In a world first, Japan managed to successfully extract cobalt crusts from deep-sea mountains in a pilot test. Their goal was to unearth cobalt, a mineral critical for manufacturing electric vehicle batteries. But researchers have discovered a disturbing side effect of this feat. They found that animals quickly vacated the areas surrounding deep-sea mining operations.
The study, published in the journal Current Biology, reveals that marine animal populations appear to have plummeted in and around the mining area.
The impacts were not limited to the direct mining zones but also emerged across broader regions. According to the researchers, the broader impacts were linked to sediment plumes stirred up by the mining activities.
Regulations regarding deep-sea mining, which falls under the jurisdiction of the International Seabed Authority (ISA) outside a country’s territorial waters, remain a work in progress.
Even so, starting July 9, the ISA must either finalize its exploitation regulations or consider mining operations under the umbrella of existing international laws. This looming deadline highlights the urgency for comprehensive research and informed decisions.
“These data are really important to get out,” said study lead author Travis Washburn, a benthic ecologist working with the Geological Survey of Japan. “A set of regulations is supposed to be finalized soon, so a lot of these decisions are happening now.”
The research team embarked on a deep-sea investigation. They conducted surveys at the Takuyo-Daigo seamount site before, a month after, and a year following the initial mining test. Using data collected by a remotely operated vehicle, they scrutinized video footage captured from the ocean floor. There, they found worrying signs.
A year after the mining test, they observed a 43 percent decline in fish and shrimp density in areas directly hit by sediment pollution. Surprisingly, the areas surrounding the mining site also showed a significant 56 percent decrease in these marine species. While the team believes the contamination of food sources might be the culprit, they admit that more research is needed to validate this theory.
Less mobile marine species like corals and sponges seemed to be less affected by the short, two-hour mining test. However, the researchers cautioned against jumping to conclusions. They point out that longer-term mining activities might still inflict serious harm on these stationary organisms.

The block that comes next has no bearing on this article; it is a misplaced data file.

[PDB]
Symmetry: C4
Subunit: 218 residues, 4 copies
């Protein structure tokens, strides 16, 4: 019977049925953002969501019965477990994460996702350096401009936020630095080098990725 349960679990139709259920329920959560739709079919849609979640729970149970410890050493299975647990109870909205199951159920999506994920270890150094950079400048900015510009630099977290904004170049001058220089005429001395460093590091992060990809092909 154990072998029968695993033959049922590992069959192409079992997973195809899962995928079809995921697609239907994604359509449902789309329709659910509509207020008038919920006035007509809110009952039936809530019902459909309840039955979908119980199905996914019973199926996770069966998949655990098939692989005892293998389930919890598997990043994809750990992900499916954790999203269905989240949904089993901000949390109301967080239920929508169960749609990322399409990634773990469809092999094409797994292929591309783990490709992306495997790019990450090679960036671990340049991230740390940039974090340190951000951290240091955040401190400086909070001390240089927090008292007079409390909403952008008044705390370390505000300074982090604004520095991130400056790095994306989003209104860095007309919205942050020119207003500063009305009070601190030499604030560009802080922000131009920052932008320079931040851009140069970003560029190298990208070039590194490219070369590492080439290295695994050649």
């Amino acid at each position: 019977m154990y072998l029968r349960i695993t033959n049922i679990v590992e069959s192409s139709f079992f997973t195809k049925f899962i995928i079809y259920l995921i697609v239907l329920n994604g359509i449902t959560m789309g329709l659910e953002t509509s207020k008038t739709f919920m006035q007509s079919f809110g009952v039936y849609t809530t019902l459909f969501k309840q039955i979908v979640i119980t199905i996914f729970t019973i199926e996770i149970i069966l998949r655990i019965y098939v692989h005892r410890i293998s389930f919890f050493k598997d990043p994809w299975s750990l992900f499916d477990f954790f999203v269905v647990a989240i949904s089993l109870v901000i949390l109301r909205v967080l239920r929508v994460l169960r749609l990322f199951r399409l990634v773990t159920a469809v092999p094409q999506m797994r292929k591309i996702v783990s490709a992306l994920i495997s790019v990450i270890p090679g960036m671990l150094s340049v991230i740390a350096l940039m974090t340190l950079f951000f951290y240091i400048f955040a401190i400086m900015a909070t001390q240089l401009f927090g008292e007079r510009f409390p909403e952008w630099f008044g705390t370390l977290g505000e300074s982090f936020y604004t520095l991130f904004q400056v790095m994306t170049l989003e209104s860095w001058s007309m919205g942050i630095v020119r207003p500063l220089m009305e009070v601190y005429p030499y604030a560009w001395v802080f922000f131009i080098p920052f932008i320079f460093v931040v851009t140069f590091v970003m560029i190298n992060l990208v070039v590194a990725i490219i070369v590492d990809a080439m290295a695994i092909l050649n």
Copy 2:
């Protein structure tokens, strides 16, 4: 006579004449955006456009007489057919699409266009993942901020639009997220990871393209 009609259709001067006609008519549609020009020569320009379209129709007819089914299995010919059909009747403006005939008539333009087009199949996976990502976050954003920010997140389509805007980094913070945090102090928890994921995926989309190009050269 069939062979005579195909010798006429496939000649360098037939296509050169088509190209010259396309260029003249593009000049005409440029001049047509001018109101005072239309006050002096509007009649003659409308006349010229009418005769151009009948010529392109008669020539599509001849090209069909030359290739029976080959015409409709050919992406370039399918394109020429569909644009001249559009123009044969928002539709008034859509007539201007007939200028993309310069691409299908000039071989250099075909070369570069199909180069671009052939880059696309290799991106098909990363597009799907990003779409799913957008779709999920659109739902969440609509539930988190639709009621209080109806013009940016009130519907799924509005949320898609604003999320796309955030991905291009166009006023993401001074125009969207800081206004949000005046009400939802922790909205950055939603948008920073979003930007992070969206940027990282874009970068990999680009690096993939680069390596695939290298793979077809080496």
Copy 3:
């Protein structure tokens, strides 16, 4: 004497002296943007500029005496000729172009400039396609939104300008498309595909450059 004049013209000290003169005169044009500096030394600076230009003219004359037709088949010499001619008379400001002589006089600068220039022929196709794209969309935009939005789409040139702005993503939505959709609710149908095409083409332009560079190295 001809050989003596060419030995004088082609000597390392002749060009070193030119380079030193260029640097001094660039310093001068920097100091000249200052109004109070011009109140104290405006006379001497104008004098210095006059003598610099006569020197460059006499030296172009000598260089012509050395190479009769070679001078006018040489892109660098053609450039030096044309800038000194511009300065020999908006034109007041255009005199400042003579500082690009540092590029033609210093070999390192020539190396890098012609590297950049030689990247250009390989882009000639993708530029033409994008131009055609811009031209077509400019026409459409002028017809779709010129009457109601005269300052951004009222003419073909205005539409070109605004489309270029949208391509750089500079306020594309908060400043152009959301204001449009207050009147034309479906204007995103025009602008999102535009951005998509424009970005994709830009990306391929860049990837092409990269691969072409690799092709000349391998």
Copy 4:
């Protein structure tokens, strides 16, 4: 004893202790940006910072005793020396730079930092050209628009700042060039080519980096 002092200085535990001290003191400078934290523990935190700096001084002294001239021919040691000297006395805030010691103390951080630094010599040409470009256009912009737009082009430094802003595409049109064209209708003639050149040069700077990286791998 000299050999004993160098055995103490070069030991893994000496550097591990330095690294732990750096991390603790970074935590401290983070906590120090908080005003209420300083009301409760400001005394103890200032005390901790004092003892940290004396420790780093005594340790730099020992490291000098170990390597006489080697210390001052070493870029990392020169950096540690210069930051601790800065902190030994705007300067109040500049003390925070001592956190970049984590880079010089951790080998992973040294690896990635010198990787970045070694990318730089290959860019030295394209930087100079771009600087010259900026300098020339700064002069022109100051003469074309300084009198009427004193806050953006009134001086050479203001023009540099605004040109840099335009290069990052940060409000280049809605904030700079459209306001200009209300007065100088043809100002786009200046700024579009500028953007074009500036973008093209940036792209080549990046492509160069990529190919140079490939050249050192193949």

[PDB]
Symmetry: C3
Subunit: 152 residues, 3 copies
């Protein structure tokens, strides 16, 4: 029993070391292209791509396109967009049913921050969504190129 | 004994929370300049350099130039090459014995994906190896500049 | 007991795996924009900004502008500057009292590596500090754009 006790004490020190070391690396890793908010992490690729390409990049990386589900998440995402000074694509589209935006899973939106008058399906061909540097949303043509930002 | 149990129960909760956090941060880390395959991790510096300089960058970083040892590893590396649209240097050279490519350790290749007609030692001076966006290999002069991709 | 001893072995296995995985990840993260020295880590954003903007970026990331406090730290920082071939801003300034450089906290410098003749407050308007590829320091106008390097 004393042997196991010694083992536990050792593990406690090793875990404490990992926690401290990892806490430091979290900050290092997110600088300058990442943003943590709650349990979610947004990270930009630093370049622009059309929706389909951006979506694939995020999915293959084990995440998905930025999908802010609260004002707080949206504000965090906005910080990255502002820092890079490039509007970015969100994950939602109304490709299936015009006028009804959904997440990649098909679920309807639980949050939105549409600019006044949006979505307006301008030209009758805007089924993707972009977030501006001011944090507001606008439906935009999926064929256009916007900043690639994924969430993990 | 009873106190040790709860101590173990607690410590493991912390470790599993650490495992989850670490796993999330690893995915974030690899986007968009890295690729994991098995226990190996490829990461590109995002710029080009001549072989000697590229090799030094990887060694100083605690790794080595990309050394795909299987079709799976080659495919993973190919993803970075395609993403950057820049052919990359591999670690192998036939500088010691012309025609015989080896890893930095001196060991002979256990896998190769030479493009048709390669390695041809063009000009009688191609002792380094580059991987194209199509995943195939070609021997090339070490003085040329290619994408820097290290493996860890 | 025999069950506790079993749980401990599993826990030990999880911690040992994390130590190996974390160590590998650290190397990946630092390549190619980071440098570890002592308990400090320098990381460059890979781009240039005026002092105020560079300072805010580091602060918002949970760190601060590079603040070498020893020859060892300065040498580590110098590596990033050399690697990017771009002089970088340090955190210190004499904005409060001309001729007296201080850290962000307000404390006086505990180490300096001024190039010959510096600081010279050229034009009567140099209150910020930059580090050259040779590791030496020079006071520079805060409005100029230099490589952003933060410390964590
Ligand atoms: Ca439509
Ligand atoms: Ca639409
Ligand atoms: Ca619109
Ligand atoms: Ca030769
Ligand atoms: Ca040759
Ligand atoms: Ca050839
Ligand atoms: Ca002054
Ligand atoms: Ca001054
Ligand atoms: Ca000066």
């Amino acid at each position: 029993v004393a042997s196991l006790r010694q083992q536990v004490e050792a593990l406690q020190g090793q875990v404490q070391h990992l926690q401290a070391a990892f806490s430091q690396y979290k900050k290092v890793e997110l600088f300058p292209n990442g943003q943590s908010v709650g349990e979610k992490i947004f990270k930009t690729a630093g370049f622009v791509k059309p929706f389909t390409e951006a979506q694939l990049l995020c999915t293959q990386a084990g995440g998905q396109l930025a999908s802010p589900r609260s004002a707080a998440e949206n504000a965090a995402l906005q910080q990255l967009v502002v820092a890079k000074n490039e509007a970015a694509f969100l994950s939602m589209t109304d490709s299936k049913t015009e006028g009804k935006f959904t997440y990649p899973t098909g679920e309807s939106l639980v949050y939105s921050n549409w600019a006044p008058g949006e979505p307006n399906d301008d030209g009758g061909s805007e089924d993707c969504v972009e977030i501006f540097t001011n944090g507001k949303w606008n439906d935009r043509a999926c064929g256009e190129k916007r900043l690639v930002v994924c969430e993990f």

“I had assumed we wouldn’t see any changes because the mining test was so small. They drove the machine for two hours, and the sediment plume only traveled a few hundred meters,” said Washburn. “But it was actually enough to shift things.”
With these startling discoveries, the researchers call for more in-depth, repeated studies. Scientists need to ascertain the real ecological impact of deep-sea mining. They emphasize the need for gathering data over several years before the actual mining tests. This will help account for natural fluctuations in marine animal communities.
“We’re going to need more data regardless, but this study highlights one area that needs more focus,” said Washburn. “We’ll have to look at this issue on a wider scale, because these results suggest the impact of deep-sea mining could be even bigger than we think.”
Deep-sea mining is the process of extracting valuable minerals and metals from the ocean floor. This process is largely driven by the demand for these resources, many of which are used in high-technology applications.
There are three types of resources typically targeted by deep-sea mining:
These are rounded accretions of minerals, typically manganese, nickel, copper, and cobalt, found on the abyssal plains of the deep ocean.
These are formed by hydrothermal vents on the seafloor, where hot, mineral-rich water spews out from beneath the Earth’s crust. These vents can create deposits rich in copper, zinc, lead, and precious metals like gold and silver.
These are found on the flanks of seamounts, and are a potential source of cobalt, manganese, and other trace metals.
While deep-sea mining holds the promise of accessing valuable resources, it also presents significant environmental concerns.
The deep ocean is a poorly understood and fragile ecosystem, and mining activities could have a significant impact, including the destruction of habitats, loss of species, and disruption of ecosystem functions. Noise and light pollution, as well as the potential release of toxic substances, are also concerns.
Furthermore, the legal and regulatory aspects of deep-sea mining are complex. The United Nations Convention on the Law of the Sea (UNCLOS) designates the International Seabed Authority (ISA) to regulate mining in international waters, but national laws apply within countries’ exclusive economic zones.
Given the environmental risks associated with this practice, it’s crucial that any advancement in deep-sea mining is matched with rigorous environmental protections and sustainable practices.